Throughout golf courses nationwide, a dress code is almost always enforced. Be it a nice collared-shirt with slacks, or just a shirt in general, golf course attire is always a topic for clubhouse conversation.
Needless to say, Heath Peters has brought upon quite the attention with his golf course apparel. Whether the Indiana sophomore is at the brand-new Hoosier practice facility wearing blue-jean shorts and a Dukes of Hazzard
t-shirt, or sporting a wild "Spring Break-type" shirt on the driving range tee, Peters is one that calls attention to himself.
One day at practice last spring, Peters was found at the range wearing a shirt that said "They Call Him Pete" on the front, with "Women Love Him And Men Want To Be Like Him" inscribed on the back. Simply outrageous. How could this attire be acceptable? Excuse the Caddyshack
reference, but "people don't dress like that at Bushwood."
Anyone reading this, especially if you're a golfer, probably already has their own picture of who Heath Peters is. What he looks like. How he acts. Your picture would probably be a little distorted if you knew the real Heath Peters.
"I like to be comfortable just like everyone else does," says Peters. "I believe that you don't have to look good to play good. I feel that actions speak for words, so it doesn't matter what you wear on the course. Coach wants us to be comfortable at practice, so I don't get all that dressed up."
See, Peters doesn't draw attention to himself by what he wears. He draws attention, and envy as well, to the simple, laid-back lifestyle that he has brought to Indiana in the past year-and-a-half. He draws attention to himself by the way he practices and plays. He draws attention to his subtle, yet remarkable, personality.
In fact, when talking about golfing attire, Peters is quick to point out that a tournament is far different from practice.
"When we hit the course that weekend, we're all business and very serious," he states. "We also look pretty darn good too. I'm proud to wear my IU shirt and be able to represent our school."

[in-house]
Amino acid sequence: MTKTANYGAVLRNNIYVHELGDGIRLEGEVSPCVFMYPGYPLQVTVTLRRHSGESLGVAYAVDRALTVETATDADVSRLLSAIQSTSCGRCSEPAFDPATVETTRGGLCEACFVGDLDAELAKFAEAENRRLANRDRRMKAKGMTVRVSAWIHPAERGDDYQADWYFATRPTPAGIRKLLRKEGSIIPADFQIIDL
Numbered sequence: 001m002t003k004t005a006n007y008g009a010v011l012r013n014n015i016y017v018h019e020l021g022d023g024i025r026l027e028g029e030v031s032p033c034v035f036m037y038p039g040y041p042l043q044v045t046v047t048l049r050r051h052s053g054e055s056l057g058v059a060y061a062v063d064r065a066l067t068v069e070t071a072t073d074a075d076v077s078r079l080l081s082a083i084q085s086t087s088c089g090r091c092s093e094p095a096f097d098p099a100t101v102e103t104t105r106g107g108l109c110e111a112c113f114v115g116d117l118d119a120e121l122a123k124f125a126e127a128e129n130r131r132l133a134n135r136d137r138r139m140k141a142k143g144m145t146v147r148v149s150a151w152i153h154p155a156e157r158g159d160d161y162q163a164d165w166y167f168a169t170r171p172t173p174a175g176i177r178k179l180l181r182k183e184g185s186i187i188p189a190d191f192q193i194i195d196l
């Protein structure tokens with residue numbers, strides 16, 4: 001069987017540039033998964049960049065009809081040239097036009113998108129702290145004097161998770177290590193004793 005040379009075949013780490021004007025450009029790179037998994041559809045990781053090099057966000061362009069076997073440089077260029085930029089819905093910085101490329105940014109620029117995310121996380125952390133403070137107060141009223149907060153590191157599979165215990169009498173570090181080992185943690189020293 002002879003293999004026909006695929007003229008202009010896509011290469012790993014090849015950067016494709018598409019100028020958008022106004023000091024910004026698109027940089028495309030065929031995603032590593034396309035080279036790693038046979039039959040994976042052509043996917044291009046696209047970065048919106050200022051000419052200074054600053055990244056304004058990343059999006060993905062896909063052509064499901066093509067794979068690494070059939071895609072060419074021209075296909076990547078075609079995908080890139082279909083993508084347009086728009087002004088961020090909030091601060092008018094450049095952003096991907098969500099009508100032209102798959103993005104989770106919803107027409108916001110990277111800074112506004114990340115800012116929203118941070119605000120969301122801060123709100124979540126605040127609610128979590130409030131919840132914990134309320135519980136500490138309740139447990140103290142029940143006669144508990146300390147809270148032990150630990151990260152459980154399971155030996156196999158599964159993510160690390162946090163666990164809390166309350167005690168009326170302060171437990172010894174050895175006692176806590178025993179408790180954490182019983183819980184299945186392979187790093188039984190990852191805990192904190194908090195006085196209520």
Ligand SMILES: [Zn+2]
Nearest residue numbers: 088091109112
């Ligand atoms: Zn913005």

What's interesting about him though, is that for the majority of his golfing career, Peters has not even been near the radar screen of college coaches. He doesn't have a long list of national tournaments on his resume, and he really doesn't care. He also doesn't get bent out of shape when things go bad for him. "It'll get better. It might just take some time," he says to himself. The thing about Peters is that he is who he is. He is his own man.
"I'm not the kind of guy who gets upset about a lot of things," Peters said. "It takes quite a bit to get me upset. I stay back and out of things, let people go about their own business. I won't get into anyone else's business unless their actions disrupt the team or jeopardize our reputation."
A native of Garrett, Ind., a small town of roughly 7,000 people, Peters basically grew up waiting for a golf club to be put in his hand. His father played, as well as his three older brothers.
While heavily involved in baseball, basketball and football during his adolescent years, Peters felt that golf was his calling, but often wondered if anyone was noticing.
"I started when I was five or six years old and kept with it through middle and high school," he said. "I mainly stuck around Indiana and played, while other guys would go off to national tournaments where all the college coaches would be."
During his junior year of high school though, Peters qualified for the United States Junior Amateur in Portland, Ore. After an impressive performance out West, where he was one of the first Indiana players to advance to the second round of match play in a number of years, college coaches began talking to Peters, and quite often to boot. One of those coaches was the Hoosiers' Mike Mayer.